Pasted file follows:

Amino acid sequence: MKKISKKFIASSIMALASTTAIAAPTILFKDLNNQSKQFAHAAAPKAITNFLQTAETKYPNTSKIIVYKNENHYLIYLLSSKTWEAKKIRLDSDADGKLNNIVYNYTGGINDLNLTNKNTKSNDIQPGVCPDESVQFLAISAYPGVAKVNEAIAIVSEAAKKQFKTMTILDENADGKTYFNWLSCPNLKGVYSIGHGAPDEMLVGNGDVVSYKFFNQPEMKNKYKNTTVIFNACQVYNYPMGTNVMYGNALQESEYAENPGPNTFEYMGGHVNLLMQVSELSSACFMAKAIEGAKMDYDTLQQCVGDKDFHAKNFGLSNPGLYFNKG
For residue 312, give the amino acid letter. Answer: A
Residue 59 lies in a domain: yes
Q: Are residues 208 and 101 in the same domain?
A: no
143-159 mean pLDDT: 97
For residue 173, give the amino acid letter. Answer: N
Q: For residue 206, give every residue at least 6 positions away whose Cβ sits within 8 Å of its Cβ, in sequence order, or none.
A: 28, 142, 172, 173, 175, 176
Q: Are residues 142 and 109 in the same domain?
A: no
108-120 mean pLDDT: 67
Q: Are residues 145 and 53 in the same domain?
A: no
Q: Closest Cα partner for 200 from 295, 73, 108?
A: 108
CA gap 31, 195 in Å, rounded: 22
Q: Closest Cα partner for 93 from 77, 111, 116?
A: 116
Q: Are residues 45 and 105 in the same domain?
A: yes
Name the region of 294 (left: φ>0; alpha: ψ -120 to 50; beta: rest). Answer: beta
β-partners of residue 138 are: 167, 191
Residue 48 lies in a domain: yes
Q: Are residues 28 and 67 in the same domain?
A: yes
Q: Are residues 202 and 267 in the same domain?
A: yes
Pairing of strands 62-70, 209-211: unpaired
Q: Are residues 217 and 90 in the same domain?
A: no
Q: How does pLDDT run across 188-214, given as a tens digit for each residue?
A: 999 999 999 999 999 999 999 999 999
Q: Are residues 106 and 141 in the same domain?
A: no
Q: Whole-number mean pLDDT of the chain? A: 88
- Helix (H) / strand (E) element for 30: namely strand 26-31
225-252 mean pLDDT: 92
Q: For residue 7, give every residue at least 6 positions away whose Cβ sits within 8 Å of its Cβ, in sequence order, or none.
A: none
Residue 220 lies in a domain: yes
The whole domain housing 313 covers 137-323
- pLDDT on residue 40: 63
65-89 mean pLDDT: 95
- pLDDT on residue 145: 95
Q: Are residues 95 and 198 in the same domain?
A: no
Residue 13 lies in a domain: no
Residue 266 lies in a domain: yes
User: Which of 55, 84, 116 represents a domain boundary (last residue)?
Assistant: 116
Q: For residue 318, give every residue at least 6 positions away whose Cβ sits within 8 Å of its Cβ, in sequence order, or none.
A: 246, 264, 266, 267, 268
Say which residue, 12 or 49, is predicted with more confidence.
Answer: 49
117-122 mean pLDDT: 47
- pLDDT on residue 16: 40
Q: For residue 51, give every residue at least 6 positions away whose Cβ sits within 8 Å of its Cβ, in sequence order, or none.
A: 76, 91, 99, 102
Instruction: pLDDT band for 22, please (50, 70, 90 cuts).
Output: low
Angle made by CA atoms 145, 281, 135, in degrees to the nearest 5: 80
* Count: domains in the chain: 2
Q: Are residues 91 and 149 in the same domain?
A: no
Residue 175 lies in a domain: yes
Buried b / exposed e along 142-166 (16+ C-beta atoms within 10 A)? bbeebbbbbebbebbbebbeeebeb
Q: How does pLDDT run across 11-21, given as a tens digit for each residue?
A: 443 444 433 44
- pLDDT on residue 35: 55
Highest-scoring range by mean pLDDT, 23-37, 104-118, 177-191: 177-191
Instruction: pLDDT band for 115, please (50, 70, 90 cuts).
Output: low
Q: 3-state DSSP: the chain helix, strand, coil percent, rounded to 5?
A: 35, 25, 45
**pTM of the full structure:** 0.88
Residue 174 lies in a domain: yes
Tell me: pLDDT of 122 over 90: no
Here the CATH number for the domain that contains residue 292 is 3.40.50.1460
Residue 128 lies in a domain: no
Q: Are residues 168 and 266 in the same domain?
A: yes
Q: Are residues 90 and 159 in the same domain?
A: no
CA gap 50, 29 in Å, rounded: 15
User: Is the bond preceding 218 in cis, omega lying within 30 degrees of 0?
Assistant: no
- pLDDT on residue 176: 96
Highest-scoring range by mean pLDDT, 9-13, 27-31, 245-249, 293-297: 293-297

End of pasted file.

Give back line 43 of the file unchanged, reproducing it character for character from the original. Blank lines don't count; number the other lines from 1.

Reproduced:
- pLDDT on residue 40: 63